Principles I applied from this chapter: [Describe in your own words.]


Chapter: “The Pen Is Mightier Than the Shovel”

Examples from the Chapter

  1. Many adverbs, especially the ones that end with -ly, actually, truly, frankly, extremely, definitely, totally, really, simply, literally, basically have less substance than the weightless, drifting snow that Eskimos call weightless, drifting snow. Relentlessly chip away adverbs that redundantly repeat the meaning of the verb.
  2. Despite their reputation as intensifiers, very, such, and so fail to intensify. When you come across one of these wimpy so-called intensifiers, hurl it into the bushes, and put a brawny verb to the heavy lifting. I have a very strong desire to clear … I have such a strong desire to clear … I soooooo want to clear … I long to clear this walkway.
  3. Negative words often do not have muscle.
  4. Does the fact that you’re sitting comfortably have you feeling guilty about others doing all the shoveling?
  5. Just say no to just. Just just gets in the way. Sometimes it just slips out, especially right before a verb where it just adds no value. It just happens. Just forgive yourself, just delete it, and just move on.
  6. Don’t begin to describe the beginning of an action. Cut to the action itself. Start to get to work!
  7. Tend to avoid tend to.
  8. Put on a wool hat in order to keep your ears warm.
  9. If you say you don’t want to shovel at this point in time, you sound like you’re running for office. Admit that you don’t feel like doing it now. Remember, though, that the snow will only get heavier and crustier if you go after it at some future point in time.
  10. You have too much to accomplish to waste even the brief period of time it takes to say period of.
  11. In spite of its innocent looks, the innocent-looking little word of (“in anything other than small doses”) has been called “among the surest indications of flabby writing.” In terms of tight writing, strong writers use few ofs. Stay strong! Avoid the preposition of, in spite of its siren song! Did you ever consider of that big of a deal?
  12. You may or may not finish the job today.
  13. Let’s dump the proverbially annoying word proverbial.
  14. Are you of two different minds about whether to use the term different after a number?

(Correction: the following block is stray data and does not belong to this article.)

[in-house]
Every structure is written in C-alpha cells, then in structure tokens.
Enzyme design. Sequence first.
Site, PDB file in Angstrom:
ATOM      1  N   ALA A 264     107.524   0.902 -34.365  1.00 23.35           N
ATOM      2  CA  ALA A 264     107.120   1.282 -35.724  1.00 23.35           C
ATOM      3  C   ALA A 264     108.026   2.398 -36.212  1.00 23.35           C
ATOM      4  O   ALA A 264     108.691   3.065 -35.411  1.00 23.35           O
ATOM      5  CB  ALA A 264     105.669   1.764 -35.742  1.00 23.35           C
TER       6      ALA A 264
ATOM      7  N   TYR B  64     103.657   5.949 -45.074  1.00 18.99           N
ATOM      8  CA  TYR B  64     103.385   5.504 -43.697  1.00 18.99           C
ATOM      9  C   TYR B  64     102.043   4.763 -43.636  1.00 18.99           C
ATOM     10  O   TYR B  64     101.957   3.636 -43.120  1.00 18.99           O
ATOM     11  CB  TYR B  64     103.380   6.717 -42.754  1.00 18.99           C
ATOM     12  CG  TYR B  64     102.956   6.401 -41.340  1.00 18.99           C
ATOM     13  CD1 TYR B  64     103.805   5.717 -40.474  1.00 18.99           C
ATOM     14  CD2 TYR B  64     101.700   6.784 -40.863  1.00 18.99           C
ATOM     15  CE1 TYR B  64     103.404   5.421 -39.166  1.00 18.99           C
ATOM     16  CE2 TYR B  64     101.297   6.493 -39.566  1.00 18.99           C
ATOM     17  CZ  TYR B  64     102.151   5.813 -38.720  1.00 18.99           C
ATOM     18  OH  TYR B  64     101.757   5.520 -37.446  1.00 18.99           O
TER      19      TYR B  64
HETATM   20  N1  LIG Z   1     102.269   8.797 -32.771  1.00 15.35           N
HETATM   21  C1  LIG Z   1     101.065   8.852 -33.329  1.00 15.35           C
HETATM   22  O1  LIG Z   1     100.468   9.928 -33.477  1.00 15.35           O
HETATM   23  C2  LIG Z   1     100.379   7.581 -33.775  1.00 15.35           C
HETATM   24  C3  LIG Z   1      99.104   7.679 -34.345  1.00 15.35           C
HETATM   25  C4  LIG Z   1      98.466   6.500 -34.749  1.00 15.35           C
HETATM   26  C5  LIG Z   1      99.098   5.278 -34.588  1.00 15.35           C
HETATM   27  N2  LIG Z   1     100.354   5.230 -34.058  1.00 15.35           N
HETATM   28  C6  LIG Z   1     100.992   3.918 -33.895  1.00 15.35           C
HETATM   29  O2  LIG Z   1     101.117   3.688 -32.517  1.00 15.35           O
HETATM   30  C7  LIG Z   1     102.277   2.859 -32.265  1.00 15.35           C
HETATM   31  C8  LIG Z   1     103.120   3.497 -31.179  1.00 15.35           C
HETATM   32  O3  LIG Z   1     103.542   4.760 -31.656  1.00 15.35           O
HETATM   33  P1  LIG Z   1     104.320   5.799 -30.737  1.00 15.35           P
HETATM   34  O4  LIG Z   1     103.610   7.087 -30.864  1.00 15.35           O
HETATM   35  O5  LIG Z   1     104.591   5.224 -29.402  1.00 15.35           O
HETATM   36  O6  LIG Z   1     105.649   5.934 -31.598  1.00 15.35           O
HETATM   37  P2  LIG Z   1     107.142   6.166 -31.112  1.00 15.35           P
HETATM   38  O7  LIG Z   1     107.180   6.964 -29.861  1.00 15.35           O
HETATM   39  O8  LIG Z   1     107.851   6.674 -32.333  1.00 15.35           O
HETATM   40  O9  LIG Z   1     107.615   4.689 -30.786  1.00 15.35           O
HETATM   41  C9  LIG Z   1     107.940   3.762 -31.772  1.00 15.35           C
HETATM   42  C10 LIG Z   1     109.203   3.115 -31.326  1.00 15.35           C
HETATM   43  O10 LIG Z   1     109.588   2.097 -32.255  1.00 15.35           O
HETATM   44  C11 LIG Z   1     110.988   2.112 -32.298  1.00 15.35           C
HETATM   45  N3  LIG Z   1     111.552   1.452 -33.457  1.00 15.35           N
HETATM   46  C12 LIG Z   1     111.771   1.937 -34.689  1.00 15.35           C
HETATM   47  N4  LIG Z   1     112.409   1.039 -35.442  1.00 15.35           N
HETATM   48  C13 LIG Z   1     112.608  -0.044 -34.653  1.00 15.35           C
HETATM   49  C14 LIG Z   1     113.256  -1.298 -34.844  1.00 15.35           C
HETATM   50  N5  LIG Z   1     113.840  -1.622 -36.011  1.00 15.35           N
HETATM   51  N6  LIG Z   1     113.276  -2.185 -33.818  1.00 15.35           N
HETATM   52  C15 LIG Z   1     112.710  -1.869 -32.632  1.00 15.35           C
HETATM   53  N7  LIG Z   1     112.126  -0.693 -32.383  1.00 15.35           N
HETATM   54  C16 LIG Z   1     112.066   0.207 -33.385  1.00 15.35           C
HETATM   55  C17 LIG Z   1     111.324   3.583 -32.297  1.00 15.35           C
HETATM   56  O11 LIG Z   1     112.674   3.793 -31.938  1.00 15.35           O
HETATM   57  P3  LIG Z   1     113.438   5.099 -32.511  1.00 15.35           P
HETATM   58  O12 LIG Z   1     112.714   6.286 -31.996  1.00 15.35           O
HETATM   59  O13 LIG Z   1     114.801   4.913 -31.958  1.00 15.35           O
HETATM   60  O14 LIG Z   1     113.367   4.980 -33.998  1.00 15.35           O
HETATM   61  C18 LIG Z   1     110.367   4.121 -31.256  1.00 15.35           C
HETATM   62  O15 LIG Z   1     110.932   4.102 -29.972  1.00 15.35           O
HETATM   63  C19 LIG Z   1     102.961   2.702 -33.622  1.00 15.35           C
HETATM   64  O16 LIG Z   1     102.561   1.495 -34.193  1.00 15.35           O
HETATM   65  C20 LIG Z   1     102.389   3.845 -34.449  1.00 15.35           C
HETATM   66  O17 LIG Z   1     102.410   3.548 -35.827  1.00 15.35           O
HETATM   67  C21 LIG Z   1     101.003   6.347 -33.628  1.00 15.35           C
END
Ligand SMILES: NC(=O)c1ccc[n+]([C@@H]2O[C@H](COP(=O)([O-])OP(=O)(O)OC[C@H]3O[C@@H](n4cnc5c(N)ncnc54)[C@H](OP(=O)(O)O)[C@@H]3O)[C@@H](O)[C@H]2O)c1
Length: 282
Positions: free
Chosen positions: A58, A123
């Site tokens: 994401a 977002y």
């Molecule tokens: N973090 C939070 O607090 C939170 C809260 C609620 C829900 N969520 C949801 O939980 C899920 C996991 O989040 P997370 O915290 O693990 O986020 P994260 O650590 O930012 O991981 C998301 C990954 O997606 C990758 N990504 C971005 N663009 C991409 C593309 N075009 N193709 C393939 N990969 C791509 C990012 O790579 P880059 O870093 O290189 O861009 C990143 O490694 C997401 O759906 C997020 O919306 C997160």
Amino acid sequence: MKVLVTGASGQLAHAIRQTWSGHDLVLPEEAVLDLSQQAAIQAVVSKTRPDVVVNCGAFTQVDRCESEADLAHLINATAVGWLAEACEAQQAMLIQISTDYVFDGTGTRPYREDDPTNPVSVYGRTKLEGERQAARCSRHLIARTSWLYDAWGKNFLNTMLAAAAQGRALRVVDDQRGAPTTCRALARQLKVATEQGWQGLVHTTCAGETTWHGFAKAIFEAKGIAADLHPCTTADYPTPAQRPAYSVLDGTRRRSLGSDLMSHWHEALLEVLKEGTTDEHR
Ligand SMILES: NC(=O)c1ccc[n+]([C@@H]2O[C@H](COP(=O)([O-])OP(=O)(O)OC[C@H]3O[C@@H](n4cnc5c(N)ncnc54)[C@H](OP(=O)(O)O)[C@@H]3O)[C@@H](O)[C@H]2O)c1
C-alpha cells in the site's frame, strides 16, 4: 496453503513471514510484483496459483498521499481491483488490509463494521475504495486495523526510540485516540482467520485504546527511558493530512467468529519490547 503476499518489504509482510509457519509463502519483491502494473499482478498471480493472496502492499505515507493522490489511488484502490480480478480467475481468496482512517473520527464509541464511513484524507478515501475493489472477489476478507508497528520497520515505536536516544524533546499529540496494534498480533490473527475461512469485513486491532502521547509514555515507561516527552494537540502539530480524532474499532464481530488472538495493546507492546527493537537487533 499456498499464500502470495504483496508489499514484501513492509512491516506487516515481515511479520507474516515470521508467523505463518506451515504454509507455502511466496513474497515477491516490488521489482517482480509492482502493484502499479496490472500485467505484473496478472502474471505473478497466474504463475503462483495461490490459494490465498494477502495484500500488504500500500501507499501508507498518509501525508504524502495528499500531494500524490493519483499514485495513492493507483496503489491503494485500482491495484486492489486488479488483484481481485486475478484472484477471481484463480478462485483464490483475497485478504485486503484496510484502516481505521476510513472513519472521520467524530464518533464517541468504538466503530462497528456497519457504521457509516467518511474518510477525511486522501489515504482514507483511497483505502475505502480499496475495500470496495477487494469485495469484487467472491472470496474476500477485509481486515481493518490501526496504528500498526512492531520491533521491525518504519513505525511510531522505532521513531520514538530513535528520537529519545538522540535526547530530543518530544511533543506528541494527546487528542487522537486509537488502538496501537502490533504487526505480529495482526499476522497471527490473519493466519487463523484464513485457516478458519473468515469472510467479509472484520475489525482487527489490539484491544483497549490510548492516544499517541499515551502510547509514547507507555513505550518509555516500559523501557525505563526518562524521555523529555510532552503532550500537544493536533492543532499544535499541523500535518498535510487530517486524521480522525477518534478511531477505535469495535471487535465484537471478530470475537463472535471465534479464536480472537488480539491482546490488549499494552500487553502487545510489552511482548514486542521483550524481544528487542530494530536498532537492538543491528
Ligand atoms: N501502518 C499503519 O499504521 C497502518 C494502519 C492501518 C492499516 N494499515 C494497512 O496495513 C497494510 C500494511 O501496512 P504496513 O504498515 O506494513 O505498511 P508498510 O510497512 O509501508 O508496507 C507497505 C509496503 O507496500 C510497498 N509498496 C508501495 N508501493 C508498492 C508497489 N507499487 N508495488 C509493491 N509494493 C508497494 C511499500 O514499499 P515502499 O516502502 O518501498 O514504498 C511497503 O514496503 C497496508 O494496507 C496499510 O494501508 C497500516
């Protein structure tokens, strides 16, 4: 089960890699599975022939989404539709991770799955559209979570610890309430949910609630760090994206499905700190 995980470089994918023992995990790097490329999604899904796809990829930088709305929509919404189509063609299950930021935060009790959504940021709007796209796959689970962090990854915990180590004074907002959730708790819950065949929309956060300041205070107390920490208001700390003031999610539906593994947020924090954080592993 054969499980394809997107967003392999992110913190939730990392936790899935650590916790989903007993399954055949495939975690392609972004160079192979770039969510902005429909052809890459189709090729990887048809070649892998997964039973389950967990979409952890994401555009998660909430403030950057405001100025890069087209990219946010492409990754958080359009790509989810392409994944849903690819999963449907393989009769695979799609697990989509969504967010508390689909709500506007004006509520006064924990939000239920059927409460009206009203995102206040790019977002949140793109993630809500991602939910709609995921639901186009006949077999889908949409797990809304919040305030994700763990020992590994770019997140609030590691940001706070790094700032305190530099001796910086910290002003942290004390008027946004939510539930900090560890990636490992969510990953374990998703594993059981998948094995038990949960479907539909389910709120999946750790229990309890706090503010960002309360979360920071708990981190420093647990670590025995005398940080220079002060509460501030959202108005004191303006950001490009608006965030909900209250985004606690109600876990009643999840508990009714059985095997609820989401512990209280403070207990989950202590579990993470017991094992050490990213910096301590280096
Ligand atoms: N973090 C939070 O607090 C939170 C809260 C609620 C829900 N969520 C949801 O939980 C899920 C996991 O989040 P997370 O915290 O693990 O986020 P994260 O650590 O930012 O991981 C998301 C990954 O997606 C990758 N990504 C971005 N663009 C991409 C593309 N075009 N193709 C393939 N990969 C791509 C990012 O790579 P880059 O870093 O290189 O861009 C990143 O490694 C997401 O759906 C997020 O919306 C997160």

15. Be smart; take a break.
  16. People could slip on that sidewalk, but I don’t feel like clearing it.
  17. The particular word particular only gets in your way.
  18. Eliminate all manner of overabundant, superfluous, or worn-out words, aka verbiage.

Bonus

  1. All stakeholders must understand the project scope, at least at a pretty high level.
  2. Set your camera lens to the smallest f-stop number to let in the maximum amount of light possible.
  3. It’s very easy even for highly skilled professionals to underestimate the value of tight writing.

Principles I applied from this chapter: [Describe in your own words.]


Chapter: “The Last Word”

Examples from the Chapter

  1. The principle that the proper place for what is to be made most prominent is the end applies equally to the words of a sentence, to the sentences of a paragraph, and to the paragraphs of a composition.
  2. But what product should the reporter focus on? He considered several and finally landed on a doozy. It was the McDonald’s frozen french fry—if anything linked the Pacific Northwest to the Asian economic crisis, that was it. It flowed to the Pacific Rim in vast quantities, where sales depended on the growing middle class, the group most threatened by the economic crash. Our region dominated its production. It was familiar, low-tech, nonthreatening, and easy to understand.

Bonus

Put the most important word at the end of a sentence so that your point doesn’t get weakened by other words trailing along afterward.

Principles I applied from this chapter: [Describe in your own words.]


Chapter: “A Definition Is Where You Don’t Say Is Where

Examples from the Chapter

  1. A gravy train is where someone makes lots of money without doing much for it.
  2. A retweet is where you forward a tweet.
  3. Horticulture is where people grow plants.

Principles I applied from this chapter: [Describe in your own words.]


Chapter: “Lend Your Commas a Hand—or Two”

Examples from the Chapter

  1. Fruit flies, for example can breed up to ten times an hour.
  2. The TV however, sat idle.
  3. My pal Gerry, a baker learned to love the sunrise.
  4. The house that Sandee likes, the one with the striped curtains and the funny gargoyle on the second story went up for sale last week.
  5. The plane will land in Portland, Maine right on time.
  6. The letter dated January 2, 1987 changed George’s life.
  7. Macy’s, Inc. made headlines today.
  8. Rodney, Jr. has a birthday coming up.

Principles I applied from this chapter: [Describe in your own words.]


Chapter: “Running On about Run-Ons”

Examples from the Chapter

  1. I didn’t plan to write about run-on sentences, a much-hyped book by a respected author shocked me into it, run-on sentences, the kind formed by comma splices, litter the pages, it ain’t pretty.
  2. Think punctuation doesn’t affect your bottom line? Ask Amazon, Leo Frishberg, a user-experience pro says that Amazon tests its web pages to compare the effects of sentence-level differences a semicolon vs. a period for example on usability Amazon not only cares about getting the punctuation correct but also measures (read invests money to determine) which of various correct possibilities elicits a better response, powerful testimony!